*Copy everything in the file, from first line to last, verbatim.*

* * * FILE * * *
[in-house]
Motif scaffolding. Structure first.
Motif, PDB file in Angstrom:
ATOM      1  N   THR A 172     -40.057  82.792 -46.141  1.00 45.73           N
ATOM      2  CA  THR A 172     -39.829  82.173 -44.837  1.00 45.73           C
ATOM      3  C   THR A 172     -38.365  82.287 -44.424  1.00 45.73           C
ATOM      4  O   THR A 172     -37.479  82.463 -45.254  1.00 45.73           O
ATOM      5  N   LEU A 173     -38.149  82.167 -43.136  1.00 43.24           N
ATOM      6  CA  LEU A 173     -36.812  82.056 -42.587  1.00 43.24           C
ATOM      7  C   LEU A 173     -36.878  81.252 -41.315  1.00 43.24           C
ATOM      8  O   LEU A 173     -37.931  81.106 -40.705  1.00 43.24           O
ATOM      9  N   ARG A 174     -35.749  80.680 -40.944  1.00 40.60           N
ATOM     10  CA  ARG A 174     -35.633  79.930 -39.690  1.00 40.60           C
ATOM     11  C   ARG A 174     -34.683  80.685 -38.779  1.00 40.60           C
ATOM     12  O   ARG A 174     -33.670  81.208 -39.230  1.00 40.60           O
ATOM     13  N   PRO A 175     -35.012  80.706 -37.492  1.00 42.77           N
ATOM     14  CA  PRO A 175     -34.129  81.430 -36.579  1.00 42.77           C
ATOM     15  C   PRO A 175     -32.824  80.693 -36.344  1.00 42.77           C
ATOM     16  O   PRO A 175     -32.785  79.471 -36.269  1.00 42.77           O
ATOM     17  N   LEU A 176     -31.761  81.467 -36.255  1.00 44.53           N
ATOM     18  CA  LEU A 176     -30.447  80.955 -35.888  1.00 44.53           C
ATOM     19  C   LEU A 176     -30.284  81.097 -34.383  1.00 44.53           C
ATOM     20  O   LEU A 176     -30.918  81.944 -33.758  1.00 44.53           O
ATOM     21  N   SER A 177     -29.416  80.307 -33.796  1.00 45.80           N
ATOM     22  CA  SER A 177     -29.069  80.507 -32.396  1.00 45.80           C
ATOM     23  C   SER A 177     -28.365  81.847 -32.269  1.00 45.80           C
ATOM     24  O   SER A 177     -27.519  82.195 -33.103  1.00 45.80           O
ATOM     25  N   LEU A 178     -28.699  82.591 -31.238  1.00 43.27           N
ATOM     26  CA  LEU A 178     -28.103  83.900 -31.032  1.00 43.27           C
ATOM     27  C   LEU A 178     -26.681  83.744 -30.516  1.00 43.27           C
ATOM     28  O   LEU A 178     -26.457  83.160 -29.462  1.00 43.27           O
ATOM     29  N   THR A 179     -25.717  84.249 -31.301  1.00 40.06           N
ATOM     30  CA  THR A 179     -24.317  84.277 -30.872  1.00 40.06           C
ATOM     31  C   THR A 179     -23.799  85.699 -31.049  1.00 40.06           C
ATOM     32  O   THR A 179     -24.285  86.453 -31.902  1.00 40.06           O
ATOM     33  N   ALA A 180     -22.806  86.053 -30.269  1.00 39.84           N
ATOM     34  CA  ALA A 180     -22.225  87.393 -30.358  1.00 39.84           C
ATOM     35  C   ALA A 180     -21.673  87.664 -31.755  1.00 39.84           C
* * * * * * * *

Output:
[in-house]
Motif scaffolding. Structure first.
Motif, PDB file in Angstrom:
ATOM      1  N   THR A 172     -40.057  82.792 -46.141  1.00 45.73           N
ATOM      2  CA  THR A 172     -39.829  82.173 -44.837  1.00 45.73           C
ATOM      3  C   THR A 172     -38.365  82.287 -44.424  1.00 45.73           C
ATOM      4  O   THR A 172     -37.479  82.463 -45.254  1.00 45.73           O
ATOM      5  N   LEU A 173     -38.149  82.167 -43.136  1.00 43.24           N
ATOM      6  CA  LEU A 173     -36.812  82.056 -42.587  1.00 43.24           C
ATOM      7  C   LEU A 173     -36.878  81.252 -41.315  1.00 43.24           C
ATOM      8  O   LEU A 173     -37.931  81.106 -40.705  1.00 43.24           O
ATOM      9  N   ARG A 174     -35.749  80.680 -40.944  1.00 40.60           N
ATOM     10  CA  ARG A 174     -35.633  79.930 -39.690  1.00 40.60           C
ATOM     11  C   ARG A 174     -34.683  80.685 -38.779  1.00 40.60           C
ATOM     12  O   ARG A 174     -33.670  81.208 -39.230  1.00 40.60           O
ATOM     13  N   PRO A 175     -35.012  80.706 -37.492  1.00 42.77           N
ATOM     14  CA  PRO A 175     -34.129  81.430 -36.579  1.00 42.77           C
ATOM     15  C   PRO A 175     -32.824  80.693 -36.344  1.00 42.77           C
ATOM     16  O   PRO A 175     -32.785  79.471 -36.269  1.00 42.77           O
ATOM     17  N   LEU A 176     -31.761  81.467 -36.255  1.00 44.53           N
ATOM     18  CA  LEU A 176     -30.447  80.955 -35.888  1.00 44.53           C
ATOM     19  C   LEU A 176     -30.284  81.097 -34.383  1.00 44.53           C
ATOM     20  O   LEU A 176     -30.918  81.944 -33.758  1.00 44.53           O
ATOM     21  N   SER A 177     -29.416  80.307 -33.796  1.00 45.80           N
ATOM     22  CA  SER A 177     -29.069  80.507 -32.396  1.00 45.80           C
ATOM     23  C   SER A 177     -28.365  81.847 -32.269  1.00 45.80           C
ATOM     24  O   SER A 177     -27.519  82.195 -33.103  1.00 45.80           O
ATOM     25  N   LEU A 178     -28.699  82.591 -31.238  1.00 43.27           N
ATOM     26  CA  LEU A 178     -28.103  83.900 -31.032  1.00 43.27           C
ATOM     27  C   LEU A 178     -26.681  83.744 -30.516  1.00 43.27           C
ATOM     28  O   LEU A 178     -26.457  83.160 -29.462  1.00 43.27           O
ATOM     29  N   THR A 179     -25.717  84.249 -31.301  1.00 40.06           N
ATOM     30  CA  THR A 179     -24.317  84.277 -30.872  1.00 40.06           C
ATOM     31  C   THR A 179     -23.799  85.699 -31.049  1.00 40.06           C
ATOM     32  O   THR A 179     -24.285  86.453 -31.902  1.00 40.06           O
ATOM     33  N   ALA A 180     -22.806  86.053 -30.269  1.00 39.84           N
ATOM     34  CA  ALA A 180     -22.225  87.393 -30.358  1.00 39.84           C
ATOM     35  C   ALA A 180     -21.673  87.664 -31.755  1.00 39.84           C